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Spotlight On: Lewis Doherty


It’s easy to imagine Lewis Doherty as the kid at school who everybody gathered around in the playground to listen to him beat box. He was probably the kid who sneakily made farting noises with his mouth at the back of the classroom and whispered that it was the teacher. At home, he was the kid who would frantically press the X button on his games console control to dish out another wallop to the bad guy who was already defeated. It’s this childhood energy that rushes through his one-man theatre shows that makes them side-splittingly funny, rapid paced and a delight to watch unfold.

Hailing from the East Midlands, Doherty is a Creative Associate at the Nottingham Playhouse and the creator of production company, BEASThouse. Following a stellar run at the Fringe, he showcased two shows at Curve's New Work festival (formerly known as Inside Out). The first was WOLF, a punk police thriller following our hero trying to solve the mystery of who killed his ex partner, Jay Walker; who ironically died doing his namesake. Set in Shadow City, the thriller introduces over thirty characters including a manic but caring tin collecting man who wants to live the sweet life with his metal friends, a naive but ambitious young cop named Curtis, a prim and polished British villain and a Magic Man gangster whose party trick is to make lines of coke disappear. Portrayed by Doherty dressed in a ninja-esque black assemble with only a chair, a couple of hand-held lights and incidental music, the characters were wildly vivid and imaginative. In his second show, BOAR, we joined a gruff man’s quest to seek revenge on pirates who destroyed his village and killed his family whilst he was a boy. Joined by his underestimated but badass sidekick, Yilfa, the pair come into trouble when Yilfa’s necklace is stolen. In a Shrek-inspired plot, the bandits are hailed by the King to rescue his daughter who is locked away with a dragon. It is demanded that on their way, they must take the Prince - a silver spoon in mouth gap year student who has just returned from a year in Tanzania.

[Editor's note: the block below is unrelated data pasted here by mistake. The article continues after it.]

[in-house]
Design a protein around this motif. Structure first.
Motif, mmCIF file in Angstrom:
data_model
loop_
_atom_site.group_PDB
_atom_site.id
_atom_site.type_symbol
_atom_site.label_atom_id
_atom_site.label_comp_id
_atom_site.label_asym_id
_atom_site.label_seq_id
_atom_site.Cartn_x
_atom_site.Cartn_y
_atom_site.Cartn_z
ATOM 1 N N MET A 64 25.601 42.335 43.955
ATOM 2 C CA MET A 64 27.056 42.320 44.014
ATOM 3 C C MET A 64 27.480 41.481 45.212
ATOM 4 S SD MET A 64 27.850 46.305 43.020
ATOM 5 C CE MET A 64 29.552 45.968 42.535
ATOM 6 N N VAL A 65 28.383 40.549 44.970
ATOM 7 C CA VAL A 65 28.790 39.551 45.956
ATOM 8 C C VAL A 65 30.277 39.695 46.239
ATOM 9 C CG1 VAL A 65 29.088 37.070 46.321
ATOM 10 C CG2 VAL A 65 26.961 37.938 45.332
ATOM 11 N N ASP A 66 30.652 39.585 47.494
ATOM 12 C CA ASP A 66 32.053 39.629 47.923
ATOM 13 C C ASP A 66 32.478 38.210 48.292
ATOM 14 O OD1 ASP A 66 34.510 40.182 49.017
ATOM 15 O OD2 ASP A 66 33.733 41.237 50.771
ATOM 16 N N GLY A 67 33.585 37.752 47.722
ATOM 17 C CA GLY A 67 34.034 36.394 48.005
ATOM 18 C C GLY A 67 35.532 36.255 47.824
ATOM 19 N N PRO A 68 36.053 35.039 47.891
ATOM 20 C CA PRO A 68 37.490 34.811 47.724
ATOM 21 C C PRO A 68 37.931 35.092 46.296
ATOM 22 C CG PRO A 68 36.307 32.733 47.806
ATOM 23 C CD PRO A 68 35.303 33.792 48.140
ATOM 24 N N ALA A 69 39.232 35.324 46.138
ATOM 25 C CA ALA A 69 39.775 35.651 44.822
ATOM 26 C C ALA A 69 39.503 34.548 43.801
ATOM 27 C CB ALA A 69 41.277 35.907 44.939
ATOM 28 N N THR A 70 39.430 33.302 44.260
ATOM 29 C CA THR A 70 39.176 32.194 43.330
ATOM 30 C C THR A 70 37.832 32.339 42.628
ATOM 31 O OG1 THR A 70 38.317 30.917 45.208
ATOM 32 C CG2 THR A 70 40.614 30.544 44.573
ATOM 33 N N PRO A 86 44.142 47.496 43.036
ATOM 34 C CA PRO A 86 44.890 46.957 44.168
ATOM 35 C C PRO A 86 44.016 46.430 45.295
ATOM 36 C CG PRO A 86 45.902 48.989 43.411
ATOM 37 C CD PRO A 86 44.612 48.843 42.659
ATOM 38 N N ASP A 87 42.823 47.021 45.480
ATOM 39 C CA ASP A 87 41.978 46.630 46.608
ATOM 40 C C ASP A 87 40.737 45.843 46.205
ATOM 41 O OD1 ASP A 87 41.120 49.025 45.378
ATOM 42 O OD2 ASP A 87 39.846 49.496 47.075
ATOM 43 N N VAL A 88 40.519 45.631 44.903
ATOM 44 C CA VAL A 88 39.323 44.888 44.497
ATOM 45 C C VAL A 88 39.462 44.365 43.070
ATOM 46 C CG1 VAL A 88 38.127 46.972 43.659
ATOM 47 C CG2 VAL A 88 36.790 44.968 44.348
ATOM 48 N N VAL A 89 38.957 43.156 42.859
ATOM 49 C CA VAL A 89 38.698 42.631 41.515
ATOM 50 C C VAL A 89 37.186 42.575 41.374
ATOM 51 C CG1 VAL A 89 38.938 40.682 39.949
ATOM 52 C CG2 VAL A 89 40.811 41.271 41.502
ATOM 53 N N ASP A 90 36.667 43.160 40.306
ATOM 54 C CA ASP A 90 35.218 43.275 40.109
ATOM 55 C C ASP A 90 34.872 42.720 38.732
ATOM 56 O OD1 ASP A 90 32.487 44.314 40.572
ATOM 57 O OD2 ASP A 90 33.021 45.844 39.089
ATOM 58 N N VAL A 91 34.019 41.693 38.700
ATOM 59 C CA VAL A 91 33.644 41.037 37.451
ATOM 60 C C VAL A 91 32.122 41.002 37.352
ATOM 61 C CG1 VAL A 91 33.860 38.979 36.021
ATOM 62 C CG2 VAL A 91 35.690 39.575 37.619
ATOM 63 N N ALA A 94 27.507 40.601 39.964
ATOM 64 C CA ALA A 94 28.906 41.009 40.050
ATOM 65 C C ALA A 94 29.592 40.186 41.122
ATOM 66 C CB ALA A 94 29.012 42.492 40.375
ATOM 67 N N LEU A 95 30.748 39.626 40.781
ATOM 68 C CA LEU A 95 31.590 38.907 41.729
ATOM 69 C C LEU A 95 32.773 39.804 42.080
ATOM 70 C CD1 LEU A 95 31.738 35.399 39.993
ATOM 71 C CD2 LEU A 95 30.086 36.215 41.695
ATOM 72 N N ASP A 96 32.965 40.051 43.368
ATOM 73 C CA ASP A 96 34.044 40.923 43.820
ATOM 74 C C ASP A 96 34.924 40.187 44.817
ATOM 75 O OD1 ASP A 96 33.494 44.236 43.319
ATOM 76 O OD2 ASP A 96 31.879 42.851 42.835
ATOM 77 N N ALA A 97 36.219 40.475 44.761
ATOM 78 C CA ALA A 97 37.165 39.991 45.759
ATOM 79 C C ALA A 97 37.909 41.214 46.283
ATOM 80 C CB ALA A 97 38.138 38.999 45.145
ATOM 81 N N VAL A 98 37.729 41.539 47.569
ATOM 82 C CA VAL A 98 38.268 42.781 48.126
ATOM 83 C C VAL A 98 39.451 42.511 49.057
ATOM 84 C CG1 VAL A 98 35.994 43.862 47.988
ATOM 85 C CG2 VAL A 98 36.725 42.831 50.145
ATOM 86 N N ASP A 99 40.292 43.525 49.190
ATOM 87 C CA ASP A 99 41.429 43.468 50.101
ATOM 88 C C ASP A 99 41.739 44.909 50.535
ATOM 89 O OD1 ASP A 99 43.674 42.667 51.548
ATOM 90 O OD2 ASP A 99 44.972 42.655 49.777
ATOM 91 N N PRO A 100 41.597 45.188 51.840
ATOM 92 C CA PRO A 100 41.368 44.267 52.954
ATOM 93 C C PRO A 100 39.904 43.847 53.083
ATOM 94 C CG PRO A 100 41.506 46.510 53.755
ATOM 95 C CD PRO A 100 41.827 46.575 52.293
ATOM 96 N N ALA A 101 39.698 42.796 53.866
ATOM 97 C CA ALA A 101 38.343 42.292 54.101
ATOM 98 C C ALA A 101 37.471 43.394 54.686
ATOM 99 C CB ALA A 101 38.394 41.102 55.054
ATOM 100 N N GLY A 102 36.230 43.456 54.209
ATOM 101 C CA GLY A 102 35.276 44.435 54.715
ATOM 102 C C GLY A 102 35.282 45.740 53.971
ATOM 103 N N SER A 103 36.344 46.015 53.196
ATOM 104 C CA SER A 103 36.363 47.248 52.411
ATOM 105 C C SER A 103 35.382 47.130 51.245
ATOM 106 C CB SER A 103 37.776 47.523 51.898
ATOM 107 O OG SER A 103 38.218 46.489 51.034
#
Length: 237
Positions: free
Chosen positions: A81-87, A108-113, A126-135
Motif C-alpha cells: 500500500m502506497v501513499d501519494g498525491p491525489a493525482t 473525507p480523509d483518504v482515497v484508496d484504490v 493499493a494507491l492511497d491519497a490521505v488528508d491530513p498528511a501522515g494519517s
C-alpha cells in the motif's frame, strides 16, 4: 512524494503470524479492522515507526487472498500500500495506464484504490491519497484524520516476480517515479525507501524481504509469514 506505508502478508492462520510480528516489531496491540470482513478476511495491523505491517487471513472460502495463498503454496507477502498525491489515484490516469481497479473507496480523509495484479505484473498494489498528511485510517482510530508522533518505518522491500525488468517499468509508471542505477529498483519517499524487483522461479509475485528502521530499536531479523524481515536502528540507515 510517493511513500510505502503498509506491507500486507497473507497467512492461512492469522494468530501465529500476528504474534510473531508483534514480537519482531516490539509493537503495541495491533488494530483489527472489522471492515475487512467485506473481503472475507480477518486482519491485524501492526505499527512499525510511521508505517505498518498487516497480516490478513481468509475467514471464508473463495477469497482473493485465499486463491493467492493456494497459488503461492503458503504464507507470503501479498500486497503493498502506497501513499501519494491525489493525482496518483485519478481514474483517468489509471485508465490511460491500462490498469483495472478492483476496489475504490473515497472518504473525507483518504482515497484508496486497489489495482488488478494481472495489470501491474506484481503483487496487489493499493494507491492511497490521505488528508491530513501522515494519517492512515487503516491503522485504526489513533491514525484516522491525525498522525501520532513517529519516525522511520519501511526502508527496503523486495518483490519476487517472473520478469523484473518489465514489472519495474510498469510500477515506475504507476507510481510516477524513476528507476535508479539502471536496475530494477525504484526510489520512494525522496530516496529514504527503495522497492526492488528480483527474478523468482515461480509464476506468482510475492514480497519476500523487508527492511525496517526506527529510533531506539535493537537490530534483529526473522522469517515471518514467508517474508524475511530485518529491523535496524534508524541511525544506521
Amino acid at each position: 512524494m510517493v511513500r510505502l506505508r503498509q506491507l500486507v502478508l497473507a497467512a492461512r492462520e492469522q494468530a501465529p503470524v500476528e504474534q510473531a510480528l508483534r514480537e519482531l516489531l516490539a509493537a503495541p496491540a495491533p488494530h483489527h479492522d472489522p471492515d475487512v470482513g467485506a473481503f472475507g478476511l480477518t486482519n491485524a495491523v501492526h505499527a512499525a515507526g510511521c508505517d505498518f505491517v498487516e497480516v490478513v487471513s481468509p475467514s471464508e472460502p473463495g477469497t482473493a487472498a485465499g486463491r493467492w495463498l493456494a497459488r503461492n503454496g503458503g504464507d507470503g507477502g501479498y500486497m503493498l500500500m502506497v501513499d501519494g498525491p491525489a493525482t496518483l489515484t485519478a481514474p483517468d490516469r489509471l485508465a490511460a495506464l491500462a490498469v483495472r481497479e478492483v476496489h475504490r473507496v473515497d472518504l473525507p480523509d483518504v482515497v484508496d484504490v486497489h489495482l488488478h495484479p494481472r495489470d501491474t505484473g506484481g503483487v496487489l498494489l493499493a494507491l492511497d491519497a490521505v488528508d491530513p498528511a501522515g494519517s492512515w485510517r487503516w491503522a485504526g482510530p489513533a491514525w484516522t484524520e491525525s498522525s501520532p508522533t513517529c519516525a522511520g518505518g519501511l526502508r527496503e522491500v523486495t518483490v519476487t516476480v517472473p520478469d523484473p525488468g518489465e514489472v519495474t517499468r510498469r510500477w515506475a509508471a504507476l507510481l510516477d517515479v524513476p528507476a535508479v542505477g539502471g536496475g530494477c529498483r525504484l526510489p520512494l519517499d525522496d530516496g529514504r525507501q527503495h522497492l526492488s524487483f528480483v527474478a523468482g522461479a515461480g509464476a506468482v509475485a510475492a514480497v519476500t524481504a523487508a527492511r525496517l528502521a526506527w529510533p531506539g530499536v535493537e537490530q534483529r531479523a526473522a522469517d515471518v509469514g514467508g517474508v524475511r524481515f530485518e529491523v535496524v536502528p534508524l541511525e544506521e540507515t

The power of Doherty’s work comes from his limitless imagination, and also the fact that he would be a gold medallist in the theatre world's Olympics due to his relentless physicality. He is able to replicate familiar everyday sounds with his mouth and mimic the action with perfect timing; placing us in nightclub brawls, helicopter rides and underwater. He keeps control of a conversation and quickly switches between multiple characters with swift head turns and shoulder shrugs, using his body to place himself in a fictitious scene. Partnered with simple underscore, the complex narratives and characters are easy to immerse into and recognise due to their quirky individual mannerisms. In fact, it would be far more confusing if the show were dressed with props and scenery for it would diminish the true talent of Doherty’s writing and acting. Taking the biggest familiar cliche characters and plot progressions in popular culture, Doherty adds a fresh lick of paint. His approach to parody is not to simply mock, but to take all of the lovable traits and conventions of action movies and pay homage to them. The jokes are fresh and easy, mostly gently mocking the characters and their movement, for Doherty does not take his work too seriously and even throws in a monologue about pasta. Quite often the understated characters provide the most delight. There's Crispin, the blinking King’s man with a lisp who spits across the stage, and the oldest man in the realm who spends just a few awkward seconds too long making his away across the stage before suffering a heart attack at the final checkpoint (“But what will we tell his father!”) as well as Bigs and Smalls, two bank robbers ("Who even robs banks anymore?") who accidentally hand over their identity. Without giving too much away, it is a great surprise to learn that the universes of WOLF and BOAR are cleverly connected meaning that there could be many more feats to be enjoyed.

Doherty’s theatre feels huge. With an appetite for adventure and fantastical scope, BOAR and WOLF are shows of epic proportion that are intelligently written and packed with wit. Doherty is a writer for this generation, providing a wonderful visceral escape for 60 minutes.


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